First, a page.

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To Till or Not to Till, That Is the Agri-Question

Image source: Wikimedia Commons

Farmers have tilled the soil - turning it as preparation for planting - for millennia. But that legacy is under scrutiny today as “soil health” has entered the vernacular – at least amongst people aware of prevailing agri-trends such as those recently discussed in the New York Times.

“I think part of the excitement is the catchiness of the new term,” said Tony Vyn, professor of agronomy at Purdue University. “Years ago, we called it soil quality and now it’s soil health. Part of it is also the growing concern for hypoxia (oxygen depletion) in the Gulf of Mexico and the phosphorous going into Lake Erie. This and increased societal scrutiny have advanced the notion that we need to increase our attention to soil health.”

No-till soil-conservation farming, aka “green manures,” follows nature in its natural cycle of regeneration. Proponents of no-till say over-tilling the soil leaves it exposed to erosion, particularly from water and wind. The Dust Bowl of the 1930s epitomized what severe windstorms and droughts, along with eroding topsoil, do to destroy crops, livelihoods and life itself.

No-till farming eschews use of machinery and maintains and reuses crop residue, which can provide as much as 2 inches of additional water to crops in late summer.

But vocal critics of no-till cite drawbacks such as the fact that root crops require tilled lands; and that switching farming methods is a huge expense, requires new equipment and, worst of all, uses chemical herbicides and pesticides.

The benefits of tillage include:

  • Soil conditioning
  • Weed and pest suppression
  • Residue management
  • Incorporation and mixing
  • Segregation
  • Land forming
  • Stimulation of nutrient release

Negative effects of tillage include:

  • Compaction of soil below the depth of tillage
  • Crusting of soil when soil pulverization is followed by rain
  • Increased susceptibility to water and wind erosion
  • Accelerated decomposition of organic matter
  • Cost of equipment purchase and operation
  • Energy cost of tillage operations
  • Labor and temporal obligations

Government surveys suggest that no-tillage farming now accounts for about 35 percent of cropland in the U.S.

Paul Jasa, extension engineer at the University of Nebraska-Lincoln, is a proponent of no-tillage. As Jasa pointed out, we were all organic farmers before 1950.

“Soil health disappeared from the radar screen when large scale farming really took over and farmers could buy technology and we didn’t have to worry about soil health,” he said. “We became lazy managers with the introduction of commercial fertilizers, pesticide to kill pests and herbicides to kill weeds. We ignored the importance of a healthy soil system and started doing it with technology instead.”

He likens issues of soil health to human health: “My doctor says my cholesterol is too high and I need to lose some weight. It’s a lot easier for me to take a cholesterol-lowering pill than it is to exercise and watch what I eat.”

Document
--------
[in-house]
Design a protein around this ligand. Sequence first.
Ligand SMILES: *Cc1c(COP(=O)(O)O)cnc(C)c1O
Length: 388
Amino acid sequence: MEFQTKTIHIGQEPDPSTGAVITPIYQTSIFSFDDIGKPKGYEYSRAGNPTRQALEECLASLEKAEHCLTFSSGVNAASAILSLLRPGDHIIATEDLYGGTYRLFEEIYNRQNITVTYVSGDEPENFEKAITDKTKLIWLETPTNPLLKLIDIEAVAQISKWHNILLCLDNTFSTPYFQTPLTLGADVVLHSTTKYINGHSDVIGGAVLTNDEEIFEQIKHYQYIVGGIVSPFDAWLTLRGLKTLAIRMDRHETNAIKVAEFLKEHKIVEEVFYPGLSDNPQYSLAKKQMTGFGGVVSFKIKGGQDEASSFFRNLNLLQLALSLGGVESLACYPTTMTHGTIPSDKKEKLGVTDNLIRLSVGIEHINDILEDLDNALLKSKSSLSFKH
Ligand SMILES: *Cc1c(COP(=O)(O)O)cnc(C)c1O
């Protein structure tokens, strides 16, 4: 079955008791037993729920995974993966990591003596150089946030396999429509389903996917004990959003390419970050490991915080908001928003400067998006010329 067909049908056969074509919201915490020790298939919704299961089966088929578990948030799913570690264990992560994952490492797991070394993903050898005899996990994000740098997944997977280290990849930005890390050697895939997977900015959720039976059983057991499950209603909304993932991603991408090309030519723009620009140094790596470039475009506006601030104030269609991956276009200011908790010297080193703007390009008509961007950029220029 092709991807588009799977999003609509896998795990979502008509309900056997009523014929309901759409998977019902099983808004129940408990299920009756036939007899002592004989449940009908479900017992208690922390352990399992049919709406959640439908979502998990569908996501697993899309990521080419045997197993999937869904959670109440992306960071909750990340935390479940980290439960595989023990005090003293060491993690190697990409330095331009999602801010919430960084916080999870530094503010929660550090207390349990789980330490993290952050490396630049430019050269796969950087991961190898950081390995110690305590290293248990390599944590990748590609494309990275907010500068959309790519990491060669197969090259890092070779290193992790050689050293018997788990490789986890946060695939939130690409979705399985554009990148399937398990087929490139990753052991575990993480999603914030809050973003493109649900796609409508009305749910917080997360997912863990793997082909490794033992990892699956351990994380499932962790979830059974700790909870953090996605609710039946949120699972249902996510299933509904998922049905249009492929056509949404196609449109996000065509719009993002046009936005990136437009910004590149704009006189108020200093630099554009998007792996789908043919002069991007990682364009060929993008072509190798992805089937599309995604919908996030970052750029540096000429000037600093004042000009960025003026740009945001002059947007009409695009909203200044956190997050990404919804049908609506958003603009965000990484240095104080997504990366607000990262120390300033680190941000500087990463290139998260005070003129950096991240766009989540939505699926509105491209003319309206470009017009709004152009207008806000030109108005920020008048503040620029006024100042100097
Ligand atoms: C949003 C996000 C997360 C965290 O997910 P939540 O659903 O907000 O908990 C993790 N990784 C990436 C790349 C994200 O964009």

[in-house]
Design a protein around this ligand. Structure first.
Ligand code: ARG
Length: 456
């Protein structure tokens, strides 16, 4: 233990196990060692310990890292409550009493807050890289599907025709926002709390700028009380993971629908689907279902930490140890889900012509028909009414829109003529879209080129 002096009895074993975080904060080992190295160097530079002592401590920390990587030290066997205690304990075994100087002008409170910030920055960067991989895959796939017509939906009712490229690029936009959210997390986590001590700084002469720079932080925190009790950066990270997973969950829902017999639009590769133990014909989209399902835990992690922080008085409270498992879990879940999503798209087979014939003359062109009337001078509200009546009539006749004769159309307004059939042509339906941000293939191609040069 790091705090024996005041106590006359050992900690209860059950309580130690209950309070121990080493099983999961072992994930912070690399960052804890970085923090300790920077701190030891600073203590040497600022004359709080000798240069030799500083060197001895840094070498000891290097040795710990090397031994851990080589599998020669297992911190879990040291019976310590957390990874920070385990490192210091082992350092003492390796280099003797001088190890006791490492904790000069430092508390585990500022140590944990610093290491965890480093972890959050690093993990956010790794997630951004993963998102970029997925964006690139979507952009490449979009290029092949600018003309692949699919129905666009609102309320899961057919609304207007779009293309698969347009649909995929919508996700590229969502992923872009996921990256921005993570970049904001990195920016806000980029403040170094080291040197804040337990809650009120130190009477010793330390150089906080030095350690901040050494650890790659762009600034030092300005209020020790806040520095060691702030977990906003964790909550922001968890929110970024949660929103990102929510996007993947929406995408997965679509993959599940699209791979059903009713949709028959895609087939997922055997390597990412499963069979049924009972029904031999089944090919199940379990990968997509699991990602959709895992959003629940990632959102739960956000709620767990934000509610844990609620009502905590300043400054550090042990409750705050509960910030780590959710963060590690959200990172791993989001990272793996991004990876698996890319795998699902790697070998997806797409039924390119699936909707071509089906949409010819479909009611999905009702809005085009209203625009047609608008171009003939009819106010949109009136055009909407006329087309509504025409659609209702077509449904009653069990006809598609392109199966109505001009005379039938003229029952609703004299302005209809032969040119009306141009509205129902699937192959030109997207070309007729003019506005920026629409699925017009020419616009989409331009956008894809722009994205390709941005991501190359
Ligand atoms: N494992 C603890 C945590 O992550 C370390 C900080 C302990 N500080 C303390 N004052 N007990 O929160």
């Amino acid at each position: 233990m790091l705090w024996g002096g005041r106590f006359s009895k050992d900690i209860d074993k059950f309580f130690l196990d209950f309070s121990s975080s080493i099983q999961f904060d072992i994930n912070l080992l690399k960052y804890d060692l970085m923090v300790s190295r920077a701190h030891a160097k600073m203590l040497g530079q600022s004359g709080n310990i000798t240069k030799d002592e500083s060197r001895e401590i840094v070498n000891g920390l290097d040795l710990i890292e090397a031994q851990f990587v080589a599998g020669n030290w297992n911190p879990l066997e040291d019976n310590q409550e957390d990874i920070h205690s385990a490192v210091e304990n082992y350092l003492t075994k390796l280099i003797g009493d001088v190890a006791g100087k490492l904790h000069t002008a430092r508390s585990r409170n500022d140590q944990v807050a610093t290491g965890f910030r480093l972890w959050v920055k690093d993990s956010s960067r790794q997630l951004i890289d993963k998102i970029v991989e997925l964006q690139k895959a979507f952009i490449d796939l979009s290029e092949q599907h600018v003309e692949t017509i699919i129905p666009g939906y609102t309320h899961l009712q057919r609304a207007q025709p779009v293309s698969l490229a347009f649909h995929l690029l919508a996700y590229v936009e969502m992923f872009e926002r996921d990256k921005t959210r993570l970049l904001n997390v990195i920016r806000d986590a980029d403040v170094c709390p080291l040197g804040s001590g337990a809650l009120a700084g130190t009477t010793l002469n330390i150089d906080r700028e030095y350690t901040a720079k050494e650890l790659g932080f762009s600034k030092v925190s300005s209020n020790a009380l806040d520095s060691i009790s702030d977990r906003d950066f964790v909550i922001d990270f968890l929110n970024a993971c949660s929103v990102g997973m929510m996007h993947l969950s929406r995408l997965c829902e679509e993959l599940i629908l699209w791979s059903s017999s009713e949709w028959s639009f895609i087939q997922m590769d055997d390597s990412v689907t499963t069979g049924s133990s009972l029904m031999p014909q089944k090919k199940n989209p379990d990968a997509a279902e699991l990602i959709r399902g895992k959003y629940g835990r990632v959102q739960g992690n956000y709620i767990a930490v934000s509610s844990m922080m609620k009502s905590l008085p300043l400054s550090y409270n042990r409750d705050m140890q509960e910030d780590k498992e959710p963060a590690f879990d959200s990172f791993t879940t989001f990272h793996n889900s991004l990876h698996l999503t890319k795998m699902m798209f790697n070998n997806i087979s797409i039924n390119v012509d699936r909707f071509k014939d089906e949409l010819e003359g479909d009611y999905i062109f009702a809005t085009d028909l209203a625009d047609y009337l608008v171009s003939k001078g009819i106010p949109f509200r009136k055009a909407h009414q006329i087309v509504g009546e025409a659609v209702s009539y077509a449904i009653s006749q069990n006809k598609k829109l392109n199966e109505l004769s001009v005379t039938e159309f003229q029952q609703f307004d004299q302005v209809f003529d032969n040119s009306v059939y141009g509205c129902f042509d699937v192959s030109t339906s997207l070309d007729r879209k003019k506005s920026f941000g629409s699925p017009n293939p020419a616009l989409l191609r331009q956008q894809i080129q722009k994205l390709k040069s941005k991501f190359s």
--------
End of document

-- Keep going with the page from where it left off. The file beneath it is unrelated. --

No-Till on the Plains is a Kansas-based nonprofit devoted to educating growers about “agricultural production systems that model nature.” It sponsors professional trips for farmers and agricultural professionals and tours no-till farms such as the Kaup farm near Stuart, Neb., or the Tucker farm near Venango, Neb.

“It’s a massive paradigm shift,” said Ray Archuleta, agronomist at the Natural Resources Conservation Service, proponents of soil-conservation.

“Each 1 percent increase in soil organic matter helps soil hold 20,000 gallons more water per acre,” said Claire O’Connor, staff lawyer and agriculture specialist at the Natural Resources Defense Council.

Ohana No-Till Farm, near Meridian, Idaho, is in its second season of no-till farming, and as "grow maestro" David Mitchell recently reported: "It was a very unique set of circumstances that allowed us to start right from the get-go (as a no-till farm). We had a pretty good success rate our first season."

Mitchell said his yield is three times that of a traditional farm of the same size using no chemical herbicides. "This is probably the most sustainable method that can be done on a large scale. I would love to see more commercial farmers embrace the no-till method," he said.

Soil allows the ecosystem to grow food and store water for all life and agriculture. Its store of carbon, the largest on land, keeps a slight lid on climate warming. But as we continue to degrade our soil, the consequences are mounting. According to Paul West, co-director and lead scientist at the Global Landscapes Initiative: “Each year between 10 and 30 gigatons of soil is lost through erosion. To put that in context, all the concrete in the biggest structure on earth, the Three Gorges Dam, adds up to 0.07 gigatons.”

The largest think-tank of no-tillers in the nation will convene in Indianapolis in January. The list of companies exhibiting and sponsors includes:

• Syngenta
• Koch Agronomic Services, manufacturers of Agrotain
• Equipment Technologies, manufacturers of Apache sprayers
• Agro-Culture Liquid Fertilizers
• Verdesian Life Sciences
• Case IH
• Titan International, manufacturers of Goodyear farm tires
• Ag Leader Technology
• Needham Ag Technologies
• Yetter Mfg. Co.
• Dawn Equipment
• KB Seed Solutions
• Kinze Mfg.
• Nufarm 

The jury is still out – but clearly the till versus no-till debate is gaining momentum in mainstream farming as a timely issue of utmost priority. 


Sheila Shayon, President of Third Eye Media, is a senior media executive with twenty five plus years in television and new media including expertise in programming, production, broadband, start-up models, creative and branding strategies, digital content and social networking. 

[Read more about Sheila Shayon]